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ARTS 309 Photography: History of a Visual Artform

This course presents a historical survey of photography within the context of scientific, cultural and artistic forces. From the camera obscura and daguerreotypes to Surrealism and Social Realism, this course addresses the broad and expressive nature of photographic imagery. In addition to exploring the technical history of the medium, the class is designed to promote formal articulation, genre identification and evaluation of meaning within diverse cultural contexts. Students will leave this course with a stronger sense of the ways in which photography has contributed to the global artistic landscape and our conception of reality. Activities include slide lectures, videos, visiting artist presentations and field trips to local collections and studios. No lab component.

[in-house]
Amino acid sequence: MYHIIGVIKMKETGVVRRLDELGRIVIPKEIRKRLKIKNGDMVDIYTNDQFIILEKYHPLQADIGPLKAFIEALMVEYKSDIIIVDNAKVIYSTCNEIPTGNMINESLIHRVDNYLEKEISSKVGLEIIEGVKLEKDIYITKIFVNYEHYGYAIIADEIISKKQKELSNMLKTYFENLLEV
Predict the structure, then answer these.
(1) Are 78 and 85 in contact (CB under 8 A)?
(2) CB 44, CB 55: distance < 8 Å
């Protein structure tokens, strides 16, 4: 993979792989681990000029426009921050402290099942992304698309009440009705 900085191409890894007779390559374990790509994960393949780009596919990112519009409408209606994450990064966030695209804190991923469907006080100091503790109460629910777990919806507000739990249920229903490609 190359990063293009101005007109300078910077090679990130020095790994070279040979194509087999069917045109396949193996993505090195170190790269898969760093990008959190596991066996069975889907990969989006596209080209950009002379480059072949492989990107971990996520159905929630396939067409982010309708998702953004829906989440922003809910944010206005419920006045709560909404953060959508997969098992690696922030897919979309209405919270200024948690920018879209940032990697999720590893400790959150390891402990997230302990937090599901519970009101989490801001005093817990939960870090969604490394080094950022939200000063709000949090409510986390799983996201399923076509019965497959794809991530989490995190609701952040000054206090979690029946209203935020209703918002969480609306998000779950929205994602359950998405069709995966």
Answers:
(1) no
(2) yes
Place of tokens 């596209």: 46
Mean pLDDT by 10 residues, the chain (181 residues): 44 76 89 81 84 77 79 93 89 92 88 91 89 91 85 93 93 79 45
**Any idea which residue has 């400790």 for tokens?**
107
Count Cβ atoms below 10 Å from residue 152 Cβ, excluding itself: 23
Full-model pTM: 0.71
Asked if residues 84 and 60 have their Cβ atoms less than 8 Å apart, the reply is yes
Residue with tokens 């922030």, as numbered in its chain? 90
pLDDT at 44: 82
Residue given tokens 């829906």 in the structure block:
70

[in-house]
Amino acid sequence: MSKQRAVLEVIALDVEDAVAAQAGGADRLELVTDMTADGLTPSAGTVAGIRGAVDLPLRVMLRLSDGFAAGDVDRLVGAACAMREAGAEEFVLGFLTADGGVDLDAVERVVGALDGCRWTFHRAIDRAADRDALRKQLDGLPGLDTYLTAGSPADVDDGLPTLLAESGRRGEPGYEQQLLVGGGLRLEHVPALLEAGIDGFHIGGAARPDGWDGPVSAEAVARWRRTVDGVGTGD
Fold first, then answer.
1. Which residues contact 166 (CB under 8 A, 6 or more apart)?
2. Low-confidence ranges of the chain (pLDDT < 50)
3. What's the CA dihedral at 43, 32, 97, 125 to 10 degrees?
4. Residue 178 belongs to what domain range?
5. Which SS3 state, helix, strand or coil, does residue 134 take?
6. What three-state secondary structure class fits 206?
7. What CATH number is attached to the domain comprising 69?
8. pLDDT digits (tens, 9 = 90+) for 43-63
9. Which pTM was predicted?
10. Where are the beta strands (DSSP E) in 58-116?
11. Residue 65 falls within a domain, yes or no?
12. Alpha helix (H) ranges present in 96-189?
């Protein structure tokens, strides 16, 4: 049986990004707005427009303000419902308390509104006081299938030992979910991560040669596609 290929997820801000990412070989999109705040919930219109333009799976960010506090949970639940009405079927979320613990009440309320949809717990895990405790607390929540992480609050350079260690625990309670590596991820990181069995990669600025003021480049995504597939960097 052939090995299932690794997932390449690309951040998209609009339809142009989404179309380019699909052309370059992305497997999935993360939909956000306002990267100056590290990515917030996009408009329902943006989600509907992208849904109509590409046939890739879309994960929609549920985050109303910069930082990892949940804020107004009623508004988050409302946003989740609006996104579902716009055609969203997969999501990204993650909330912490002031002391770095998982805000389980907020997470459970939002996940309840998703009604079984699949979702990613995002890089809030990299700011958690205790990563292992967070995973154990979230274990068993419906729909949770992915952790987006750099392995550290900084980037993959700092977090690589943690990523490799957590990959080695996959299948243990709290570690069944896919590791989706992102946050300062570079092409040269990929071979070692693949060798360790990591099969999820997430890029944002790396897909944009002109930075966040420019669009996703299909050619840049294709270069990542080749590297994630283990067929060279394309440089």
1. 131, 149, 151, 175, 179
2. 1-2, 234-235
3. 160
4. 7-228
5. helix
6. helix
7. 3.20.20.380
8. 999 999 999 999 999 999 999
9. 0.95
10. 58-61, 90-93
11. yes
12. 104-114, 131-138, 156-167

4 Undergraduate credits

Effective January 11, 2010 to present

Meets graduation requirements for

Learning outcomes


  • Can articulate and use formal language of photography.
  • Can articulate thought into developing critical awareness of photography through both written and spoken means.
  • Can develop analysis of photography subjectively, formally and through interpretation of content.
  • Can distinguish between different genres within photography and understands the expressive potential of the camera as an artistic medium.
  • Can draw connections between local exhibitions viewed and historical and contemporary practices in art, as well as a larger art community/culture.
  • Develops awareness and appreciation of photography through visiting local art museums, galleries and/or visiting artists.
  • Understands historical timeline and movements of photography in association with scientific, cultural and artistic communities.

Minnesota Transfer Curriculum

Goal 6: The Humanities and Fine Arts

  • Demonstrate awareness of the scope and variety of works in the arts and humanities.
  • Understand those works as expressions of individual and human values within a historical and social context.
  • Respond critically to works in the arts and humanities.
  • Engage in the creative process or interpretive performance.
  • Articulate an informed personal reaction to works in the arts and humanities.